LAWRENCEVILLE - A probable cause hearing for a 17-year-old student charged with rape quickly dissolved Friday into a courtroom circus involving First Amendment rights.
Assistant District Attorney Steven Fern wanted a judge to bar the media from the first public hearing for John Luke Walker - a Brookwood High School sophomore charged with raping and molesting a 14-year-old girl.
Fern planned to enter the names of juvenile witnesses at the 1:30 p.m. hearing, which he didn't want the broadcast and print media on hand privy to. He felt the identity of the witnesses could be compromised, he said.
"There's concern over pretrial publicity," Fern said.
Walker's lawyer, B.J. Bernstein, planned to request bond for her client, who has remained in the Gwinnett County Jail for nine days.
Instead, Magistrate Judge Robert Waller postponed the hearing until sometime Tuesday, following an 8 a.m. hearing between prosecutors, the defense and the judge "to discuss whether the media should be allowed," Waller said.
Waller's concerns are three-fold and complicated, he said. The judge is "mindful of protecting the confidentiality of juveniles" but is "very concerned" that Walker could remain in jail without bond. He also feels the media's access to courtroom proceedings, protected by the First Amendment, should be upheld, he said.
"I really feel for this young man being held without bond, but there's an important principal involved," Waller said.
Waller's ruling assured that Walker - who has no prior convictions, according to his attorney - will remain in jail at least four more days.
"The state's motion is going to keep him in jail longer than he should be," Bernstein argued. "I don't think there's a legal reason to prolong the investigation."
Walker's parents spoke to reporters outside the jail Friday, expressing displeasure with the postponed hearing.
"My son is innocent," said David Walker. "We were expecting today he'd be released and he could go home."
Hollie Manheimer, executive director of the Georgia First Amendment Foundation, said requests for media banishment from Georgia courtrooms are nothing new.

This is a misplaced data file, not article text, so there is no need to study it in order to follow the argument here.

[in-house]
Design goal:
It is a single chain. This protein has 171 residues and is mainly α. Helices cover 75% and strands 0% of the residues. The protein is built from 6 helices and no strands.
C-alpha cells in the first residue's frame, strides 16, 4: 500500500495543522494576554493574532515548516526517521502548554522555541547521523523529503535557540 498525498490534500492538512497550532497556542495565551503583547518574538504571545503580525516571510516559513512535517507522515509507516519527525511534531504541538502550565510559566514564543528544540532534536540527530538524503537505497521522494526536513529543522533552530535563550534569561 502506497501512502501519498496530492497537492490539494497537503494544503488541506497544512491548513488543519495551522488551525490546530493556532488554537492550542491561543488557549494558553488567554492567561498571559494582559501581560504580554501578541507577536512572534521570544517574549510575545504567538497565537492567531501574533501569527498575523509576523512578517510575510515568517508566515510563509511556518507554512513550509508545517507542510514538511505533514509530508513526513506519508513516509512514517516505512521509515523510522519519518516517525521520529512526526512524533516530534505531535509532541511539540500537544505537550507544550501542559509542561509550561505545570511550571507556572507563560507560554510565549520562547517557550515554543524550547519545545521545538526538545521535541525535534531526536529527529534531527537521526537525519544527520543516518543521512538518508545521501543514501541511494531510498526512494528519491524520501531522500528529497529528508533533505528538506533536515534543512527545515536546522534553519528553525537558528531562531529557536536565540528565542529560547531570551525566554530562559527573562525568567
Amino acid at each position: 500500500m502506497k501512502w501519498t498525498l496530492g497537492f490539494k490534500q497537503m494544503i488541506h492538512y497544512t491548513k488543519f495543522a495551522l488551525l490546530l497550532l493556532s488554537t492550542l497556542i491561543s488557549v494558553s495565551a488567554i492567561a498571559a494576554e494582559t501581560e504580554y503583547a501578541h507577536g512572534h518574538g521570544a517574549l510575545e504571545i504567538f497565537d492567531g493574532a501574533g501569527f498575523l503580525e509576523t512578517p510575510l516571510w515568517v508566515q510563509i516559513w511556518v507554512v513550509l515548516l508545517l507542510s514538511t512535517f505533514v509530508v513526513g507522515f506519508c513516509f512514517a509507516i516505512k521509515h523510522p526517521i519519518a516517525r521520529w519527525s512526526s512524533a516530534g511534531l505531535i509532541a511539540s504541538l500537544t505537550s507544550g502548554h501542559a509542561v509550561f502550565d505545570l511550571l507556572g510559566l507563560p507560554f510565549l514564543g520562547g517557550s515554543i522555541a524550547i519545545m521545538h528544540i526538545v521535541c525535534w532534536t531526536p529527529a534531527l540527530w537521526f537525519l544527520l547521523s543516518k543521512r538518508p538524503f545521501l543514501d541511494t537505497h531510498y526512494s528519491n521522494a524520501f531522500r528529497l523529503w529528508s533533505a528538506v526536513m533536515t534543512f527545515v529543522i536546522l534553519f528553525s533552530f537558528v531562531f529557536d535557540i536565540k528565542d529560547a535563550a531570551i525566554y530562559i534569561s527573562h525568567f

Manheimer referenced a Georgia Supreme Court ruling called Rule 22, which states reporters and photographers "will be accorded full right of access to court proceedings ... so long as it is done without detracting from the dignity and decorum of the court."
Discrepancies in courtroom access happen frequently enough that Manheimer is currently penning a book on the subject, she said.
"There's a strong presumption of open courtrooms in Georgia," said Manheimer. "Every time I hear about a move for closure (of the courtroom), we become concerned."
Bernstein, the attorney, has consistently downplayed the charges against Walker, a backup wide-receiver and defensive back on Brookwood's powerhouse football team. On Friday she called him "an excellent athlete" and "child of faith."
Police charged Walker last week with rape and child molestation, alleging he forced a 14-year-old girl into sexual acts after a party on Feb. 17.
Investigators said Walker let a group of teens into a home on Fawnbrook Court in Lilburn, where he was caring for the homeowners' dog while they were out of town.
A neighbor called police to report the teens as prowlers. Police found the 14-year-old girl unconscious inside the home and sent her for treatment at an area hospital. Police have declined to discuss how she became unconscious or her relationship with Walker.
Walker was arrested at school March 5.
If convicted of rape, Walker would serve a minimum 25-year sentence and be required to register as a sex offender for life, his attorney said.
Bernstein also represented Genarlow Wilson in his infamous child molestation case. The Georgia teen served three years in prison for having consentual sex with a 15-year-old girl when he was 17.
"If we've learned anything from Genarlow Wilson," Bernstein said Friday, "it's don't prejudge."